Hailing from the Pacific Northwest, Yob has been slogging it
out for a few years, managing two releases before signing,
somewhat surprisingly, to
Records, who released
their third album, The Illusion Of Motion, in late 2004,
followed rather suddenly by The Unreal Never Lived in 2005.
The album reviewed here,
Catharsis, is three long tracks (totalling 50 minutes) of drawn-out,
semi-ambient stoner doom, most reminiscient of later-period
with rather unique vocals from guitarist/leader Mike Scheidt
(likened to some as sounding like early Geddy Lee, of all people).
The band rarely approaches anything up-tempo
("Ether" is the "fastest" of the three tracks here), and occasionally
things drag just a bit, but actually Yob is pretty adept at crafting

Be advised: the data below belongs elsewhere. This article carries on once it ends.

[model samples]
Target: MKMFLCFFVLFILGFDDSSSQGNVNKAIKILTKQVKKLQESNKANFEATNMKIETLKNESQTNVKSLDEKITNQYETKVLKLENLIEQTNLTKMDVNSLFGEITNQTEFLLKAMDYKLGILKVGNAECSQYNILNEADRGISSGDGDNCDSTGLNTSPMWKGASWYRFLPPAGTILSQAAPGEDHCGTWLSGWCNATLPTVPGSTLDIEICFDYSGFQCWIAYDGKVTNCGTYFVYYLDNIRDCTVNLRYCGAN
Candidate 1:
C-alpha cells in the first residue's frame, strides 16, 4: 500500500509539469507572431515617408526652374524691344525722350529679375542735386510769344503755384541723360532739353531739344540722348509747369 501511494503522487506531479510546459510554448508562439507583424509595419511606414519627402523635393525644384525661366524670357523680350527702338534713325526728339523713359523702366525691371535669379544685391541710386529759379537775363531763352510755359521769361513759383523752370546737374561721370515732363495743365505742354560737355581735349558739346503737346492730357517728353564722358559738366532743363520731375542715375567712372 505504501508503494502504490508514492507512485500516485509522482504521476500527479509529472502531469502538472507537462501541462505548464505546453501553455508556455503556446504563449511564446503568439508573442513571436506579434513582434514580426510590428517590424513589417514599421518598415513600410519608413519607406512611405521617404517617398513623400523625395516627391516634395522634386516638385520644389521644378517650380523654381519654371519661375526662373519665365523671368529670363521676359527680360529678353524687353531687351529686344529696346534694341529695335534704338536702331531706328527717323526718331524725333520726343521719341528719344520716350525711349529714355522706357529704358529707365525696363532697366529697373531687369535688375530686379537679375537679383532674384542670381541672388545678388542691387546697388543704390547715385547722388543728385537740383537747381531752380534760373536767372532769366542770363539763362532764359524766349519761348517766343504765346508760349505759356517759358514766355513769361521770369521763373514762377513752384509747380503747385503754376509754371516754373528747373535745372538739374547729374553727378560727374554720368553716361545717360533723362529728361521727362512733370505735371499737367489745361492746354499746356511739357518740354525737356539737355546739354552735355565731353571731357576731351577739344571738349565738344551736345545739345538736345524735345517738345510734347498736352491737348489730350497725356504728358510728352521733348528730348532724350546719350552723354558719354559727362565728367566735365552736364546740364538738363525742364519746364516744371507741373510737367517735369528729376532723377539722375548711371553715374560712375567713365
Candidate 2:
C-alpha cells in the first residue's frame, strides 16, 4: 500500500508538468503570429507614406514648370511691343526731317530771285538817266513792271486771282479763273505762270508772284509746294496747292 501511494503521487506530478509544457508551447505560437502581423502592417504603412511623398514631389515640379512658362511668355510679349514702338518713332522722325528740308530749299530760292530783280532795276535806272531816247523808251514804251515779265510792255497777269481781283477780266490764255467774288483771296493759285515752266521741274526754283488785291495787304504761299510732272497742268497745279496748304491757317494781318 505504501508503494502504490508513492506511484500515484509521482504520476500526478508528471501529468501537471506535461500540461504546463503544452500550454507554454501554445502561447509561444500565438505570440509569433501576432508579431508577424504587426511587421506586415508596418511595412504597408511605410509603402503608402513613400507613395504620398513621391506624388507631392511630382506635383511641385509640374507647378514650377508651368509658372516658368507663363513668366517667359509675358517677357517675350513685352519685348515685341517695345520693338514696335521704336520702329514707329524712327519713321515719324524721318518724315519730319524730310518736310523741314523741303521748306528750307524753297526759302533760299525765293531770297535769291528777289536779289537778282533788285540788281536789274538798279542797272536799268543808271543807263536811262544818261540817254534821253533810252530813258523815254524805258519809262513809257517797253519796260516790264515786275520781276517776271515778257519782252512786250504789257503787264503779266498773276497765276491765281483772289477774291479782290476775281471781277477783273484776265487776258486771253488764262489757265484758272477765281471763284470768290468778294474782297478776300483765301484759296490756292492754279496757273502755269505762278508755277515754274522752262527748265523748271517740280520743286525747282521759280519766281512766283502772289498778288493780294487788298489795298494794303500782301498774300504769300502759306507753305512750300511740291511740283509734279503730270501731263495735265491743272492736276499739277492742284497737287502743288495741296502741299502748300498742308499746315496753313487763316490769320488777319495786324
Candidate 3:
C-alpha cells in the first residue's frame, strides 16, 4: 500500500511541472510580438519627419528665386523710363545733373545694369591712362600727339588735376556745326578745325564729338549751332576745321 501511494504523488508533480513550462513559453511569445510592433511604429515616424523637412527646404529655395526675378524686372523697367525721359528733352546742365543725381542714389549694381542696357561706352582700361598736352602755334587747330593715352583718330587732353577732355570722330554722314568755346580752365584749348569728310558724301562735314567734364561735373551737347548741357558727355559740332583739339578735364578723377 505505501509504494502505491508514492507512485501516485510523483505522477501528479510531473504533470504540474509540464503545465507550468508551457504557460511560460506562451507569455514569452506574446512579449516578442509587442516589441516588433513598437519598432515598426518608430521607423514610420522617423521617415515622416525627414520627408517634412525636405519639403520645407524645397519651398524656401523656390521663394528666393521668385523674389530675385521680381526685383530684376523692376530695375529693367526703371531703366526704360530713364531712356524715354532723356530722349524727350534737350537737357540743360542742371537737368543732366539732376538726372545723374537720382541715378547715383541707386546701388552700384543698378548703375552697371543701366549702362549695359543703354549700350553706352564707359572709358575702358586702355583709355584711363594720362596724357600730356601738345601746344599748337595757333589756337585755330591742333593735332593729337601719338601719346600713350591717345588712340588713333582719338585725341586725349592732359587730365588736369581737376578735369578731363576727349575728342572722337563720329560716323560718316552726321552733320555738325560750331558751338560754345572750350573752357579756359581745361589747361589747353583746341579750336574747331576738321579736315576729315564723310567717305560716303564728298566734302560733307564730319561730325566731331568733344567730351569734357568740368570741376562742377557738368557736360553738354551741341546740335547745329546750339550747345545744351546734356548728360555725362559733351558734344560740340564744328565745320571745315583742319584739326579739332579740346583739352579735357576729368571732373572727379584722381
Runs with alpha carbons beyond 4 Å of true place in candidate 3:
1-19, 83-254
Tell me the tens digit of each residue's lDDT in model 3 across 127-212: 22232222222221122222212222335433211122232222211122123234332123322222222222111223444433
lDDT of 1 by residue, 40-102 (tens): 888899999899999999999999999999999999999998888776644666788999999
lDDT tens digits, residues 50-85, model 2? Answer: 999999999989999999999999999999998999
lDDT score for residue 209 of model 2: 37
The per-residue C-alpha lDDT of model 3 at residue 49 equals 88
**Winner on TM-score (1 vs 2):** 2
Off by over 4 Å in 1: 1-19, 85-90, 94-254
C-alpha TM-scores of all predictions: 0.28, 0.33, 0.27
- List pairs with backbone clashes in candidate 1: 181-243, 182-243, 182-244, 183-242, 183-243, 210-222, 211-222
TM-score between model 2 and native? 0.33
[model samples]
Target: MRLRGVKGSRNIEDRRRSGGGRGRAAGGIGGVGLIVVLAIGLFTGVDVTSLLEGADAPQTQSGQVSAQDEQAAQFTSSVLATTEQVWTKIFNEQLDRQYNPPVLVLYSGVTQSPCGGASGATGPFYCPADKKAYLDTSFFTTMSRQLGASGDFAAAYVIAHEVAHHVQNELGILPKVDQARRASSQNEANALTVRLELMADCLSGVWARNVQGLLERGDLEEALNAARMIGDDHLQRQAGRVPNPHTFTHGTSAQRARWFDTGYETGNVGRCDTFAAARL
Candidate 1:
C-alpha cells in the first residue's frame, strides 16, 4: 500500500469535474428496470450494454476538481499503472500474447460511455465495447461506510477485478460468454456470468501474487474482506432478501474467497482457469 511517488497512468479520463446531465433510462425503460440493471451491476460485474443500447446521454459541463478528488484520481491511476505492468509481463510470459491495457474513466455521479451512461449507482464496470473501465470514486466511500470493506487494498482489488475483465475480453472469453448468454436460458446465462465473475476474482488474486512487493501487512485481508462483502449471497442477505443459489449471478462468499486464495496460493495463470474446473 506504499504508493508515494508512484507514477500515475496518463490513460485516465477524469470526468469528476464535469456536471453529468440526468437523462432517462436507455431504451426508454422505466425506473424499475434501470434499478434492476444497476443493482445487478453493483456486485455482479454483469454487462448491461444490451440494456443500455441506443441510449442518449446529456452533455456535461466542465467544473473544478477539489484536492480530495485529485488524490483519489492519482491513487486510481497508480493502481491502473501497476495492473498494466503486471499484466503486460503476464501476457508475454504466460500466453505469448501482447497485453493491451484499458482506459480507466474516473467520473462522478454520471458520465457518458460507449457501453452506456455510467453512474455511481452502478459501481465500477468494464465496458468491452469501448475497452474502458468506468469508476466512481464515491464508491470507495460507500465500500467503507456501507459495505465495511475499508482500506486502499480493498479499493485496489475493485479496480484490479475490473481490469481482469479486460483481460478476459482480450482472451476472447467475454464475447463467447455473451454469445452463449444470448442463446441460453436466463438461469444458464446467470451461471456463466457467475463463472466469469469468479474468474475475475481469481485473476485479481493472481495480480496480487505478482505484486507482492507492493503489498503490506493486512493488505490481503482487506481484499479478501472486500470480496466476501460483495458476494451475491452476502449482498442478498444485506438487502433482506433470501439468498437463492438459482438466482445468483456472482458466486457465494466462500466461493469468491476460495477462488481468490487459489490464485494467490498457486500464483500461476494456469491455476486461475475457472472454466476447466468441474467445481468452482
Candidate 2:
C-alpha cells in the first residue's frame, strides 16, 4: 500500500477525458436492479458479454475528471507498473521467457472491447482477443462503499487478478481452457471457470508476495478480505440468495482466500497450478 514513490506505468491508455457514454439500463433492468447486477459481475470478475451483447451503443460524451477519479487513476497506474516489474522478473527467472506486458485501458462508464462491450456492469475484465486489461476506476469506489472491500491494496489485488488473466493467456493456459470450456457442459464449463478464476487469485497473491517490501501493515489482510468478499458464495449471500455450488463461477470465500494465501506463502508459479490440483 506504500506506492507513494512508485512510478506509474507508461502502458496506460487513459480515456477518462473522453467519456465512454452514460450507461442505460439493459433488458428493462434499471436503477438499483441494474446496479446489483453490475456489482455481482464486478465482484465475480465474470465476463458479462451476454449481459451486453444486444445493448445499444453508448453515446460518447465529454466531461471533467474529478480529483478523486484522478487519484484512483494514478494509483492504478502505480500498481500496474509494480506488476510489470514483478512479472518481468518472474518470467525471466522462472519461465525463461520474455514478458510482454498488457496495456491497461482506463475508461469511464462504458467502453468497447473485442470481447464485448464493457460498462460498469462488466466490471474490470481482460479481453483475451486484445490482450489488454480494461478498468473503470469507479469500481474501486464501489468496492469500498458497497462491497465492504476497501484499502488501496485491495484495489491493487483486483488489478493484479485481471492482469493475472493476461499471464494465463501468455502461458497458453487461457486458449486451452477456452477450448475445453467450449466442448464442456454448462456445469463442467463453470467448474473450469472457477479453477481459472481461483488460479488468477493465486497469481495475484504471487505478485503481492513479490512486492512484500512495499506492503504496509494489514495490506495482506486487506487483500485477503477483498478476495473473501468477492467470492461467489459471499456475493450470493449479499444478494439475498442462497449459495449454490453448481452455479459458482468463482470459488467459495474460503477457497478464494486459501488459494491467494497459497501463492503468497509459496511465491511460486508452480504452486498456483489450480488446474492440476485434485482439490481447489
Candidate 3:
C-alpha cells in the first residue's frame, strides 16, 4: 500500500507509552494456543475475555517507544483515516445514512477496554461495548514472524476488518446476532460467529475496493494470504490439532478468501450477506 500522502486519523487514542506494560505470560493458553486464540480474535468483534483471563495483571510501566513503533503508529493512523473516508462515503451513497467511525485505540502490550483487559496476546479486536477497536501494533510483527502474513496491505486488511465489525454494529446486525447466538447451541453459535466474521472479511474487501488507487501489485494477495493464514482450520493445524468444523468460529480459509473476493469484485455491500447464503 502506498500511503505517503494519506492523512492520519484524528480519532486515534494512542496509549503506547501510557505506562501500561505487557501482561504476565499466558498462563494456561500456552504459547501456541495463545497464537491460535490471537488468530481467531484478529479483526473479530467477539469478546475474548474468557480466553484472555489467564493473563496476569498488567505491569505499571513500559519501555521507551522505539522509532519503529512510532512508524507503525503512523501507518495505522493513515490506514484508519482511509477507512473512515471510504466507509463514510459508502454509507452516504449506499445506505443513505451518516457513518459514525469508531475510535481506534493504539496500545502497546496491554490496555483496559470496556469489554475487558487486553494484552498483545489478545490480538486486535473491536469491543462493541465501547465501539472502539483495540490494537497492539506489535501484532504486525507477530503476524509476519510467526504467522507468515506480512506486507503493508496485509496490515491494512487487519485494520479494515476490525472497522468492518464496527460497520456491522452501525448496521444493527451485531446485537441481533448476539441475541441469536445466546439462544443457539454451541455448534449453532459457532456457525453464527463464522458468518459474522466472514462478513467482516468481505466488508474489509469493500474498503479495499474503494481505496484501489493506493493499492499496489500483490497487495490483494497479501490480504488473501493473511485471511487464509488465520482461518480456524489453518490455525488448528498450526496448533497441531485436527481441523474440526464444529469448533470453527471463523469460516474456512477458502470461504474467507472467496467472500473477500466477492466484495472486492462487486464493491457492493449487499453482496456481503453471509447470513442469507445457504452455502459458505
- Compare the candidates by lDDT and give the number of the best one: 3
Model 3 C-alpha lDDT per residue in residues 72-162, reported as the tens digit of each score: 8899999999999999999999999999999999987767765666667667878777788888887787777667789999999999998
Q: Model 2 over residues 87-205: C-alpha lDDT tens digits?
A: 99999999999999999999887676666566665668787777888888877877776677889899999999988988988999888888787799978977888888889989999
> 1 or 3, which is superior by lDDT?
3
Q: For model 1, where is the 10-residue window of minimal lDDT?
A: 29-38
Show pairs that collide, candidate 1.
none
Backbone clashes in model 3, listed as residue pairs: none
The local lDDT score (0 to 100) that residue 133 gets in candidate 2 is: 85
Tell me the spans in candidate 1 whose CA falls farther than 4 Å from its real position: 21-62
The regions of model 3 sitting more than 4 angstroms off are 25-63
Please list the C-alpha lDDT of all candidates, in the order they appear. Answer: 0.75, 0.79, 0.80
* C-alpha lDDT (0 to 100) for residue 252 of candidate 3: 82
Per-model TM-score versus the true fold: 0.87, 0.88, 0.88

mesmerizing songs that drift by, heavy but not oppressive, and
while their basic premise seems simple, they mix it up just enough
to hold the listener's interest.
Following the departure of the rhythm section in the summer of 2005,
founder Scheidt decided to put the band to rest in early 2006,
forming a similar band called
However, legal problems with that band's name forced Scheidt to abandon
that project, and so he reformed Yob, enlisting his longtime
drummer Travis Foster and a new bass player in Aaron Reiseberg.